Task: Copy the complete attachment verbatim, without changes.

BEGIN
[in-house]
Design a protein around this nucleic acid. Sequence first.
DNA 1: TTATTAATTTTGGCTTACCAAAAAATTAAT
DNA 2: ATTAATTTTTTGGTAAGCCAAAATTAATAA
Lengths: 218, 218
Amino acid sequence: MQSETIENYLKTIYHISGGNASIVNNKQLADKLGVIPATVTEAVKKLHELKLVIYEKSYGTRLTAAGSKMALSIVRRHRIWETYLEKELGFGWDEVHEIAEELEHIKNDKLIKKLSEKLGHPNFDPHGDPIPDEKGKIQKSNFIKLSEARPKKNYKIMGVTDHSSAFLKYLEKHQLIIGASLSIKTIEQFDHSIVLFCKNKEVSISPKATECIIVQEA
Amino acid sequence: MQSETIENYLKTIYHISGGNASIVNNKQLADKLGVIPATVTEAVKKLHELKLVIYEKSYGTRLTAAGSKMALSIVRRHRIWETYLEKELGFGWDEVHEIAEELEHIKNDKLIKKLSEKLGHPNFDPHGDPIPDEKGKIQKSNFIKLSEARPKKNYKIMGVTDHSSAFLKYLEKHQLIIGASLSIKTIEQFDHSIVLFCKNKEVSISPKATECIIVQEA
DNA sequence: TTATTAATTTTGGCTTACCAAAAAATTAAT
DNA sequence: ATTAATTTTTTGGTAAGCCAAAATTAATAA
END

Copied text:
[in-house]
Design a protein around this nucleic acid. Sequence first.
DNA 1: TTATTAATTTTGGCTTACCAAAAAATTAAT
DNA 2: ATTAATTTTTTGGTAAGCCAAAATTAATAA
Lengths: 218, 218
Amino acid sequence: MQSETIENYLKTIYHISGGNASIVNNKQLADKLGVIPATVTEAVKKLHELKLVIYEKSYGTRLTAAGSKMALSIVRRHRIWETYLEKELGFGWDEVHEIAEELEHIKNDKLIKKLSEKLGHPNFDPHGDPIPDEKGKIQKSNFIKLSEARPKKNYKIMGVTDHSSAFLKYLEKHQLIIGASLSIKTIEQFDHSIVLFCKNKEVSISPKATECIIVQEA
Amino acid sequence: MQSETIENYLKTIYHISGGNASIVNNKQLADKLGVIPATVTEAVKKLHELKLVIYEKSYGTRLTAAGSKMALSIVRRHRIWETYLEKELGFGWDEVHEIAEELEHIKNDKLIKKLSEKLGHPNFDPHGDPIPDEKGKIQKSNFIKLSEARPKKNYKIMGVTDHSSAFLKYLEKHQLIIGASLSIKTIEQFDHSIVLFCKNKEVSISPKATECIIVQEA
DNA sequence: TTATTAATTTTGGCTTACCAAAAAATTAAT
DNA sequence: ATTAATTTTTTGGTAAGCCAAAATTAATAA